By Skye Shirley
Lupercal has recently released a free packet of thirteen coloring pages, each featuring a different woman Latinist from Latin's over 2,600-year history. Whether you use them in your teaching or learning, give them to a child, or color them yourself (don't mind if I do...), you're probably curious about some of these women's lives.
I first heard of many of these writers in Jane Stevenson's book "Women Latin Poets" and although it was an incredible reading experience in itself, I've found even more joy in looking at the Latin written by these women, much of which is lying under-appreciated in pdf scans of early printed books, now deep in cyberspace. Considering how even Sulpicia, arguably the most famous Latin poetess, is unknown to many Latin teachers, I felt it would be fun and helpful to share these phenomenal stories with you.
SULPICIA (1st C. BCE) wealthy Augustan-era poetess living in Rome, originally included in the works of Tibullus. Yes, I gave her the empress Livia's hairstyle... Her poems describe her love of her boyfriend Cerinthus, who may be a real person or a stand-in for her love of writing (Cera meaning "wax" like a wax tablet for writing on).
PERPETUA (2nd C. C.E) early Christian martyr of Carthage in North Africa, who nursed her child in prison in the days before her death and wrote a testimony of her experiences and mystic visions.
EGERIA (4th C.) Christian nun who made a pilgrimage to the Holy Land in the 380s and wrote about her experiences in the Itinerarium Egeriae. Philologists have observed that her travelogue reveals the transformation of ancient Latin into medieval Latin.
Stay on your toes-- peregrinor is a deponent, so the command is "peregrinare!"
ELEANOR OF AQUITAINE (1122-1204) As queen of France and England, she was one of the most powerful figures of the Middle Ages. Her letters in Latin to other courts and royals mark the use of Latin as correspondence among the power forces in Europe at the time.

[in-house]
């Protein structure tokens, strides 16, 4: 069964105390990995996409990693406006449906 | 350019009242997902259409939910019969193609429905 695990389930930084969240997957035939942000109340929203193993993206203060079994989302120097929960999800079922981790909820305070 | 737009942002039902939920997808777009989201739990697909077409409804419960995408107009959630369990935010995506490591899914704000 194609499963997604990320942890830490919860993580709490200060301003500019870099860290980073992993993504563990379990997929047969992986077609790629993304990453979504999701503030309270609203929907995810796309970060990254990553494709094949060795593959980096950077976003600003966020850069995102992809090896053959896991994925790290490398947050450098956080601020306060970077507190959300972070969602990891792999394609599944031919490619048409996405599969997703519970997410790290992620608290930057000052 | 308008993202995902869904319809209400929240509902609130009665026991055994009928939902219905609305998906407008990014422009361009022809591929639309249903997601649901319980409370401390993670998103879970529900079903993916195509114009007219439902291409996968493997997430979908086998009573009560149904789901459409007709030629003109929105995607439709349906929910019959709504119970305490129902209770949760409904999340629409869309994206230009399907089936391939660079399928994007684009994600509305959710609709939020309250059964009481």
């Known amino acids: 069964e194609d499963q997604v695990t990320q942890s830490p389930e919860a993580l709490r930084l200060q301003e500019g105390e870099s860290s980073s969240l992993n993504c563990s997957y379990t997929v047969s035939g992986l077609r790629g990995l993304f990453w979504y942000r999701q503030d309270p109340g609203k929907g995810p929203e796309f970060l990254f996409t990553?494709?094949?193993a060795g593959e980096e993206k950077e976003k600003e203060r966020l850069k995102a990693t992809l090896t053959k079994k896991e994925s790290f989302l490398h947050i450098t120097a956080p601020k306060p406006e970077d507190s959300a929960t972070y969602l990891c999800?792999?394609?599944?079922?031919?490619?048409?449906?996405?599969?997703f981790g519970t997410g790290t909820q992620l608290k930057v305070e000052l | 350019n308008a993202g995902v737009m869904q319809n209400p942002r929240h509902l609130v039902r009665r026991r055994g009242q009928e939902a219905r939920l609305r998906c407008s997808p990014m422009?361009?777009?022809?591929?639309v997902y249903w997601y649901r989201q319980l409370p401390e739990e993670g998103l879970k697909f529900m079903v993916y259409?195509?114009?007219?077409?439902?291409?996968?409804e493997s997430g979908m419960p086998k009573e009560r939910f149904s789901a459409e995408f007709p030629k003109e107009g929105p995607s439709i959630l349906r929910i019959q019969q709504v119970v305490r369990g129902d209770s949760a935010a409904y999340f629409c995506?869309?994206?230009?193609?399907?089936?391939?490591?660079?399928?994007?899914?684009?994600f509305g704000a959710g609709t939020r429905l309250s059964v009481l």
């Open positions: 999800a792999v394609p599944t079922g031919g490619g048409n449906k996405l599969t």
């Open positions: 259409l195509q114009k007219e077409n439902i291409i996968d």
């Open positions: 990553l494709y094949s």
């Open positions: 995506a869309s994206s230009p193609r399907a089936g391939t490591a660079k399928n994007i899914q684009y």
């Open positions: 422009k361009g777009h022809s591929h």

BEATRIZ GALINDO (1465-1534) A Spanish educator so well-known for her gift with Latin, she was called "La Latina." Even today in Madrid there's a neighborhood, a street, and a Metro stop named after her, along with three statues of her throughout the city. She tutored Catherine of Aragon along with other royals, and wrote poetry as well as a commentary on Aristotle. Unfortunately, not a single word of her Latin has survived, but her legacy lives on!
OLYMPIA MORATA (1526-1555) Scholar of Greek and Latin from Ferrara, Italy. She wrote beautiful poems, compelling letters and rich dialogues conveying her personal opinions, religious views, and gender culture at the time. A prodigy of ancient languages, she was lecturing on Cicero by her teenage years!
MARTHA MARCHINA (1600-1648) Coming from a working-class background, Martha grew up in Naples, Italy and persevered in studying Latin despite class being a major roadblock to Latin studies at the time. Martha's family made soap and despite her extensive poetry collections, she was not published until after her death. As she lived her life in the shadow of Vesuvius, she wrote a poem about the volcano-- demanding that the Mt. Vesuvius finally explode again! Her poems cover topic as diverse as lives of the Saints and the pros and cons of adding cinnamon to recipes! What a gal.
SOR JUANA INÈZ DE LA CRUZ (1648-1695) Composer, writer, philosopher, and more, Sor Juana earned the name the "Phoenix of Mexico" for her extensive studies and accomplishments while living as a nun in a convent in Mexico City. She wrote in three languages: Spanish, Latin, and her mother tongue, Nahuatl. She is considered an early feminist and fought for the right to control her own life choices.
PHYLLIS WHEATLEY (1753-1784) She was the first African-American poet to publish her own book. From her early childhood in Africa to her living in slavery and eventually freedom in Boston, Phyllis endured incredible hardships all while writing beautiful, original poems. She felt connected to the poet Terrence because he, too, was said to be from Africa, and she translated and renovated Ovid's story of Niobe in the Metamorphoses into English.
LAURA BASSI (1711-1778) Laura was the first woman to receive a doctorate in science, from the University of Bologna in Italy, where she defended her dissertation in Latin while pregnant! Her work focused on physics, originally hydromechanics and hydrolic engineering. She had eight children while continuing to research and publish her discoveries.
HELEN M. CHESNUTT (1880-1969) She co-wrote The Road to Latin, an influential Latin textbook, and dedicated her life to teaching Latin at Central High School in Cleveland, Ohio. The book was ahead of its time in its inclusion of female characters and promotion of the oral presentation of Latin. One student of hers was the famous poet Langston Hughes!
EMMA VANDERPOOL (Viva!) Emma is a prolific Latin author whose novellae are deeply beloved by Latin teachers and students today. Her novels often center on female heroines and she has masterfully guided over 70 Lupercal members through our first-ever Latin Novella Writing Month this July.
And finally... Draw yourself using the template provided, or a woman Latinist you know!
Whom would you like to see illustrated? Comment below!